Listen to what the presenters have to offer at a workshop or conference, then consider questions that come logically from what you've heard. Presenters like to hear questions, because it means the audience was engaged with the topic. Let's imagine a writer of middle grade novels is speaking on humor because humor has been a big part of the person's career and she wants to encourage more writers to inject humor into their work. After hearing the speaker, feel free to ask questions relating to humor or to how publishers look at humor or even whether the speaker has found humor to increase book sales. Asking on-topic questions can help solidify the information in your mind. And it can help you be sure that what you think you heard is actually what the speaker meant to say. On-topic questions help everyone to understand better.
But what about all the other questions you came to the conference with? Maybe the speakers know those answers too! The Q-and-A portion after a workshop on humor is not a time to ask, "How many words per chapter in a middle grade novel?" Or “Do you have an agent and how did you get one?” You might want to know that, but dragging a session away from the topic at hand is never really a good idea. The speaker may not know the answer off the top of his/her head (since that’s not what the person came to say). This is especially true in a wildly off-topic question. It borders on unprofessional, and it will use up precious time everyone paid for.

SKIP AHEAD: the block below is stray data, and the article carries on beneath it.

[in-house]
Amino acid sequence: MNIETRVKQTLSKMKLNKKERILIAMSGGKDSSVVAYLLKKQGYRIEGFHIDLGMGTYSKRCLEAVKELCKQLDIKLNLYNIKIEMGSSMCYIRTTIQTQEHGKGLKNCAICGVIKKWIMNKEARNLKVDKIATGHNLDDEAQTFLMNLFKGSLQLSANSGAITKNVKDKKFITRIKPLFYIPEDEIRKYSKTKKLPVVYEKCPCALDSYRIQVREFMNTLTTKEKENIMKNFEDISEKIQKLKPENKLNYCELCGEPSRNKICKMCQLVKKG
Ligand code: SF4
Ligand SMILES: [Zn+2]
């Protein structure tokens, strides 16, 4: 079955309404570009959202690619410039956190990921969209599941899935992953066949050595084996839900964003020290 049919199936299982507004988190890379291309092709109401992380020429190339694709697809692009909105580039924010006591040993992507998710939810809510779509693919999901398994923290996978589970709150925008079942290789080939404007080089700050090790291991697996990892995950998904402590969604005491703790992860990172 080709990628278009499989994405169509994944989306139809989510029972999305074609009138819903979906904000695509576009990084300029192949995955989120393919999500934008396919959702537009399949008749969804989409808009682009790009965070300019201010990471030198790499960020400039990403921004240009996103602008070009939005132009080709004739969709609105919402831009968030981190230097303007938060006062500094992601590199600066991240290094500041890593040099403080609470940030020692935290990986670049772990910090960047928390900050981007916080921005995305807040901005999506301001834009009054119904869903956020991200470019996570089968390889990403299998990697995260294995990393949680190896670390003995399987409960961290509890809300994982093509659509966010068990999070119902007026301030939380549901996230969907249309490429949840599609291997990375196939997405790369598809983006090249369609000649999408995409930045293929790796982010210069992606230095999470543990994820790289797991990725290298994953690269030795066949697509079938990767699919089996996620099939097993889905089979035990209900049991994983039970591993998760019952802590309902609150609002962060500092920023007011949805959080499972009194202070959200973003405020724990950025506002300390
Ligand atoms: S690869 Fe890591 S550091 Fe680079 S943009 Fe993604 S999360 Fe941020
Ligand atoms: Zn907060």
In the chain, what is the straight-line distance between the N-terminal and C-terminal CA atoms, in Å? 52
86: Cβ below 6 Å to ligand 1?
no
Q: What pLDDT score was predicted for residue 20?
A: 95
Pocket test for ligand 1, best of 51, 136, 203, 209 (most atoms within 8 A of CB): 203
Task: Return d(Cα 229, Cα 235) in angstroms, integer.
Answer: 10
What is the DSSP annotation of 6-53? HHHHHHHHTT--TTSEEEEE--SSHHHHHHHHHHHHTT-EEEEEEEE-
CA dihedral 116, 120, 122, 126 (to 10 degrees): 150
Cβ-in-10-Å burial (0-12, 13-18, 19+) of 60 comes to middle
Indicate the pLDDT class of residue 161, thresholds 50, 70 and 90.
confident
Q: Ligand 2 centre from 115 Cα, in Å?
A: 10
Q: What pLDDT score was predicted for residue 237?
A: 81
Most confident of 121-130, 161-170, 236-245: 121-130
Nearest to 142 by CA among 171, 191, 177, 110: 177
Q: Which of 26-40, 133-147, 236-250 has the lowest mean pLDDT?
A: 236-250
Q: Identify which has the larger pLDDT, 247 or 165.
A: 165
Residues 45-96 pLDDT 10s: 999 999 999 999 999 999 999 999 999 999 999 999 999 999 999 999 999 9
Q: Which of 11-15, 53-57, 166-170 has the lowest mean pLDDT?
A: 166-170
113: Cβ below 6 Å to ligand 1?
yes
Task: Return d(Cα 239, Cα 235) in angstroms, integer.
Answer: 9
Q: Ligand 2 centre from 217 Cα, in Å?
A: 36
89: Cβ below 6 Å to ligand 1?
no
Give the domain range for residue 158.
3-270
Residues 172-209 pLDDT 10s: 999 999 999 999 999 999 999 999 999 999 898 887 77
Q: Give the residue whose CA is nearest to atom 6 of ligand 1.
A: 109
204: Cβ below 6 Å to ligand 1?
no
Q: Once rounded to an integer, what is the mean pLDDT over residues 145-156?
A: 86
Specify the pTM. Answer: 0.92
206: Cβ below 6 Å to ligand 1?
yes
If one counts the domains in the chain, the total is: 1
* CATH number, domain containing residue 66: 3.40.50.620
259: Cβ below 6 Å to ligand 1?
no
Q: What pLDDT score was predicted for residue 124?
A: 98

But what if you really, really want to know how many words to put in a chapter of a middle grade novel? Consider that as a possible thing to talk about with the other writers around you. Conferences and workshops include writers at all levels of their career, and some may know the answer or be able to point you to a good resource to find out. Plus chatting with other writers is always a good idea. This leads us to the next point.